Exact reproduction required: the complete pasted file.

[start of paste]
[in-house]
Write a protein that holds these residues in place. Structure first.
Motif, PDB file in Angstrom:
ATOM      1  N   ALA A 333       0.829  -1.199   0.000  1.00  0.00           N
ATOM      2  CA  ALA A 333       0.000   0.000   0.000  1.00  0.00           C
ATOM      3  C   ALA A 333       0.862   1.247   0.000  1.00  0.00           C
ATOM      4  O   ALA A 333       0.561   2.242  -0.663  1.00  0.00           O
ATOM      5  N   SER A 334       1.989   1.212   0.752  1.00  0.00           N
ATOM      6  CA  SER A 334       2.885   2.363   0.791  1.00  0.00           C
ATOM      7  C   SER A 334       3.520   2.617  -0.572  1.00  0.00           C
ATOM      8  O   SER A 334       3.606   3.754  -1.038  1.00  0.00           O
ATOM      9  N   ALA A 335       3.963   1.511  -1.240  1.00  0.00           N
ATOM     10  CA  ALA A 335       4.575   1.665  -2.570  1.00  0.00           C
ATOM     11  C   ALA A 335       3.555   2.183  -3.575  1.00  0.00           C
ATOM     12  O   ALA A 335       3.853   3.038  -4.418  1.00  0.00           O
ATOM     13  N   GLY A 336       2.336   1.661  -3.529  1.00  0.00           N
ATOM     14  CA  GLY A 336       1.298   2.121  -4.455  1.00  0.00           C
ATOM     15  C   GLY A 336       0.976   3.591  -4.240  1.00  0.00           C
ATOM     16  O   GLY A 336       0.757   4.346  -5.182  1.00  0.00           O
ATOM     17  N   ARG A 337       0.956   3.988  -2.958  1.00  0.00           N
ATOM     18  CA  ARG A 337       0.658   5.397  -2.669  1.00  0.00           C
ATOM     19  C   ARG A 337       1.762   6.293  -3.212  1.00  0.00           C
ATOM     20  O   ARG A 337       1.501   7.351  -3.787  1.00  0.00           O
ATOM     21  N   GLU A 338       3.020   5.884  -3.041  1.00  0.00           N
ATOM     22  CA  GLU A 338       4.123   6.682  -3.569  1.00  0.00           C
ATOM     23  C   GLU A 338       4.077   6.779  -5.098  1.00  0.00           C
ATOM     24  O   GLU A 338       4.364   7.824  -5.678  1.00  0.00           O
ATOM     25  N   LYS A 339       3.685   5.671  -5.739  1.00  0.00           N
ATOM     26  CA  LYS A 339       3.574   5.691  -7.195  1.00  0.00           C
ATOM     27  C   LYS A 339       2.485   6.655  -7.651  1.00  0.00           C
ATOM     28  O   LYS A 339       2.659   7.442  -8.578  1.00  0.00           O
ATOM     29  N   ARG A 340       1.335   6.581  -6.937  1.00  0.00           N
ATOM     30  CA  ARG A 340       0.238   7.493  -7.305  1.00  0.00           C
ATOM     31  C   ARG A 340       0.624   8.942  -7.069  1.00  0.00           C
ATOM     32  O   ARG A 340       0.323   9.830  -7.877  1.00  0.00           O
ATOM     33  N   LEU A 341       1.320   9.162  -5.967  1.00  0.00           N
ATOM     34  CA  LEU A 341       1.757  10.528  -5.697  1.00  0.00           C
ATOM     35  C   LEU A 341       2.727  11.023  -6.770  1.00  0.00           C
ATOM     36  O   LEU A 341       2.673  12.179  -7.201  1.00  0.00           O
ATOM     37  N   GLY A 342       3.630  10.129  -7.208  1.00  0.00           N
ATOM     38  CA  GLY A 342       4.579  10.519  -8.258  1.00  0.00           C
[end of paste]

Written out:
[in-house]
Write a protein that holds these residues in place. Structure first.
Motif, PDB file in Angstrom:
ATOM      1  N   ALA A 333       0.829  -1.199   0.000  1.00  0.00           N
ATOM      2  CA  ALA A 333       0.000   0.000   0.000  1.00  0.00           C
ATOM      3  C   ALA A 333       0.862   1.247   0.000  1.00  0.00           C
ATOM      4  O   ALA A 333       0.561   2.242  -0.663  1.00  0.00           O
ATOM      5  N   SER A 334       1.989   1.212   0.752  1.00  0.00           N
ATOM      6  CA  SER A 334       2.885   2.363   0.791  1.00  0.00           C
ATOM      7  C   SER A 334       3.520   2.617  -0.572  1.00  0.00           C
ATOM      8  O   SER A 334       3.606   3.754  -1.038  1.00  0.00           O
ATOM      9  N   ALA A 335       3.963   1.511  -1.240  1.00  0.00           N
ATOM     10  CA  ALA A 335       4.575   1.665  -2.570  1.00  0.00           C
ATOM     11  C   ALA A 335       3.555   2.183  -3.575  1.00  0.00           C
ATOM     12  O   ALA A 335       3.853   3.038  -4.418  1.00  0.00           O
ATOM     13  N   GLY A 336       2.336   1.661  -3.529  1.00  0.00           N
ATOM     14  CA  GLY A 336       1.298   2.121  -4.455  1.00  0.00           C
ATOM     15  C   GLY A 336       0.976   3.591  -4.240  1.00  0.00           C
ATOM     16  O   GLY A 336       0.757   4.346  -5.182  1.00  0.00           O
ATOM     17  N   ARG A 337       0.956   3.988  -2.958  1.00  0.00           N
ATOM     18  CA  ARG A 337       0.658   5.397  -2.669  1.00  0.00           C
ATOM     19  C   ARG A 337       1.762   6.293  -3.212  1.00  0.00           C
ATOM     20  O   ARG A 337       1.501   7.351  -3.787  1.00  0.00           O
ATOM     21  N   GLU A 338       3.020   5.884  -3.041  1.00  0.00           N
ATOM     22  CA  GLU A 338       4.123   6.682  -3.569  1.00  0.00           C
ATOM     23  C   GLU A 338       4.077   6.779  -5.098  1.00  0.00           C
ATOM     24  O   GLU A 338       4.364   7.824  -5.678  1.00  0.00           O
ATOM     25  N   LYS A 339       3.685   5.671  -5.739  1.00  0.00           N
ATOM     26  CA  LYS A 339       3.574   5.691  -7.195  1.00  0.00           C
ATOM     27  C   LYS A 339       2.485   6.655  -7.651  1.00  0.00           C
ATOM     28  O   LYS A 339       2.659   7.442  -8.578  1.00  0.00           O
ATOM     29  N   ARG A 340       1.335   6.581  -6.937  1.00  0.00           N
ATOM     30  CA  ARG A 340       0.238   7.493  -7.305  1.00  0.00           C
ATOM     31  C   ARG A 340       0.624   8.942  -7.069  1.00  0.00           C
ATOM     32  O   ARG A 340       0.323   9.830  -7.877  1.00  0.00           O
ATOM     33  N   LEU A 341       1.320   9.162  -5.967  1.00  0.00           N
ATOM     34  CA  LEU A 341       1.757  10.528  -5.697  1.00  0.00           C
ATOM     35  C   LEU A 341       2.727  11.023  -6.770  1.00  0.00           C
ATOM     36  O   LEU A 341       2.673  12.179  -7.201  1.00  0.00           O
ATOM     37  N   GLY A 342       3.630  10.129  -7.208  1.00  0.00           N
ATOM     38  CA  GLY A 342       4.579  10.519  -8.258  1.00  0.00           C